The Nashville Entrepreneur Center is more than a place for visionary business people and companies. The Trolley Barns facility also has a hall of fame. The range and depth of the Nashville entrepreneurial community is on display with the hall’s inductees, who made their mark in fields that include publishing, hospital management, finance, fulfillment and music business. Combined, the honorees have created thousands of jobs nationwide — but also close to home.
Nashville Post commends this quintet of entrepreneurs for their work and the legacies they have created.
What do Kings of Leon, Michael McDonald and Ke$ha have in common?
Very little and also one very big thing: Ken Levitan.
Levitan’s Vector Management has been home to an incredibly diverse array of talent over the years: Hank Williams, Jr., B-52’s, Emmylou Harris, Lynyrd Skynyrd, Trisha Yearwood, Peter Frampton, Meat Loaf, Lyle Lovett and Patty Griffin to name just a few.
Levitan got the bug early, working while an undergrad at Vanderbilt on the school’s concert committee to bring acts like Genesis, Hall & Oates and Carole King to the campus. After three years at the University of Dayton School of Law, he returned to Nashville and hung out a shingle, negotiating deals for musicians like John Hiatt and Foster & Lloyd. Eventually, though, he wanted to do more than just prepare contracts. He wanted to be part of an artist’s career.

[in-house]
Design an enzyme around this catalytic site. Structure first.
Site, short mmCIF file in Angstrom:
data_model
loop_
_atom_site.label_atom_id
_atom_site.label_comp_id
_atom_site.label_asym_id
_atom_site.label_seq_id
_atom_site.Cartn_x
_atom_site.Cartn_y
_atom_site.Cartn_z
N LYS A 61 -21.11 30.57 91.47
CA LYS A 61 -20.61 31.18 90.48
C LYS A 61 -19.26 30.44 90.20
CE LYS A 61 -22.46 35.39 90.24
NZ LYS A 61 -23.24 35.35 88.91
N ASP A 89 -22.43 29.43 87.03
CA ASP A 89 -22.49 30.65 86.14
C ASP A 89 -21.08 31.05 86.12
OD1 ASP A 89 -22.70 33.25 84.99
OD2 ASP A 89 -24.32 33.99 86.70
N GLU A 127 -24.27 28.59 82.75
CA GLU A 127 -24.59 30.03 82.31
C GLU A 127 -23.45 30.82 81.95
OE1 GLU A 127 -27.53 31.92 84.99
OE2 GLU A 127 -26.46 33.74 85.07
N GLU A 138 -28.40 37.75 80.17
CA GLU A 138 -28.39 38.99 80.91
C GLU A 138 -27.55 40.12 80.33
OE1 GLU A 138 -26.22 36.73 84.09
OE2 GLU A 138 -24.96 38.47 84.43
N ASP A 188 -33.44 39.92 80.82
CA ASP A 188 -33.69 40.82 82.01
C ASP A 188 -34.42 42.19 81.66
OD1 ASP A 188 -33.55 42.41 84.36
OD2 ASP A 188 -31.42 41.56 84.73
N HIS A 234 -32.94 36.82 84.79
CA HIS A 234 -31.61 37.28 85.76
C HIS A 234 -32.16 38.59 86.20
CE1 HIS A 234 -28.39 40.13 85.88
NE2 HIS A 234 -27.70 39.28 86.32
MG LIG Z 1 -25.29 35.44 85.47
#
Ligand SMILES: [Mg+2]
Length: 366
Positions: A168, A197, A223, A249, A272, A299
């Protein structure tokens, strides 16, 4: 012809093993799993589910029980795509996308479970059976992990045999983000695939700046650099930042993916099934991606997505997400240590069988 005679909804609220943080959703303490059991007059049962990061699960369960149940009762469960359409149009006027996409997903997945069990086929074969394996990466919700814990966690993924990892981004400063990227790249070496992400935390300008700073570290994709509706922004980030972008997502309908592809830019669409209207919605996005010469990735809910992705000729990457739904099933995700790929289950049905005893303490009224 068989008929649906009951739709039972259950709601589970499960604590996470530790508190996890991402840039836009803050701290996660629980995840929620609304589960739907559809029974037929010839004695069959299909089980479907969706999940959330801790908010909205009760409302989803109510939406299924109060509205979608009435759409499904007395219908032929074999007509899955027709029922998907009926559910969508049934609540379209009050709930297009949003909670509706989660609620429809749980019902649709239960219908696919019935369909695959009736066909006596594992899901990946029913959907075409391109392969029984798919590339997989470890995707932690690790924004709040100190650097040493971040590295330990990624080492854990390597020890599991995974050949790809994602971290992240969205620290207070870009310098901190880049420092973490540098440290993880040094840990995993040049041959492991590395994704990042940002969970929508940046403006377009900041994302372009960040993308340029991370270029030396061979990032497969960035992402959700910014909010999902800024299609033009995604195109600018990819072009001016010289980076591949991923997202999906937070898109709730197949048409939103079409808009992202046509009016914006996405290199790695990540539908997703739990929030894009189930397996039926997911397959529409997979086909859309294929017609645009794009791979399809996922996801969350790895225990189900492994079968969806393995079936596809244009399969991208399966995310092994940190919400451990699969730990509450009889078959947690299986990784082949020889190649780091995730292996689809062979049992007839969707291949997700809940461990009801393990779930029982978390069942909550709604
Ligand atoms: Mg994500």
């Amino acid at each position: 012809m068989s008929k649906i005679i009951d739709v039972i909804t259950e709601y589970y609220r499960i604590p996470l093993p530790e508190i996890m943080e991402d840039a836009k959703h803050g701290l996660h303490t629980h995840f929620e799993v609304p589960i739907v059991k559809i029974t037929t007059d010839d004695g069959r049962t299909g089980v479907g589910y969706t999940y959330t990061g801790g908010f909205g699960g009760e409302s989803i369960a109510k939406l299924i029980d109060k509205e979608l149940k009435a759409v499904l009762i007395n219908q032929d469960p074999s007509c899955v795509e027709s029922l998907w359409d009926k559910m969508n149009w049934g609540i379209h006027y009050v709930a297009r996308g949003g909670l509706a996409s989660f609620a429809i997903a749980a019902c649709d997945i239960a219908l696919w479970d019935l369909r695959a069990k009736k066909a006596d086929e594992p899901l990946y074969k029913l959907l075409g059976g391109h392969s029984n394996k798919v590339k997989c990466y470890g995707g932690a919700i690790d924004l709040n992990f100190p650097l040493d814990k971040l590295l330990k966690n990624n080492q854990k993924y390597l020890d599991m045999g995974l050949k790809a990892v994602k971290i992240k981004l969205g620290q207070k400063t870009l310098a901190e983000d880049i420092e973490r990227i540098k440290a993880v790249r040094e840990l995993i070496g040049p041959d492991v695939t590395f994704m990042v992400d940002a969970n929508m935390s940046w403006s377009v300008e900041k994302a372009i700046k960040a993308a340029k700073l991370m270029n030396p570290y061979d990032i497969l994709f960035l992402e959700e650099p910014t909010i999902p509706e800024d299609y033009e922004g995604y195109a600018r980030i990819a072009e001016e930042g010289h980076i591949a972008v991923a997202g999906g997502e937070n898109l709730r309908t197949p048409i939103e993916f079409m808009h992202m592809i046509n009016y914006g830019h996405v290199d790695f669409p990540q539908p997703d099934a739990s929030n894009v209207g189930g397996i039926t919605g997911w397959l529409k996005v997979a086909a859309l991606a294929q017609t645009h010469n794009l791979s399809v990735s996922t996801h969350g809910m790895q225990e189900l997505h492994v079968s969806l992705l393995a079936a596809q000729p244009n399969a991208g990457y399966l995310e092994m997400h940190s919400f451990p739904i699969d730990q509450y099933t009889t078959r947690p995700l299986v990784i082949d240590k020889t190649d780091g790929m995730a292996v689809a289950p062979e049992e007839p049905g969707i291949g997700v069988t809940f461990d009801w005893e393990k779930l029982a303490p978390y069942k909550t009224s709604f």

“When I was practicing law full time, I shopped a lot of artist deals, and I simply got tired of investing that much time and expertise in my artists’ careers and not having the creative positioning to really provide direction,” Levitan told the South by Southwest festival. “Management was the perfect platform for my interests.”
After a stint running a record label, Levitan re-opened Vector in 1998 and hasn’t looked back. Vector is one of the most successful management groups in the industry.
“You have to balance the creativity and the business side to really make sure the artist maximizes his or her own goals,” said Levitan, who serves on the boards of the Country Music Hall of Fame and Museum and the Country Music Association.
“We really want to try to build box sets and long careers instead of one-hit wonders,” he added. “We are in a time when everything is quick-hit oriented. We try to take a long-term marketing approach. One thing we're trying to do for our experienced acts is build up their ownership of their masters."
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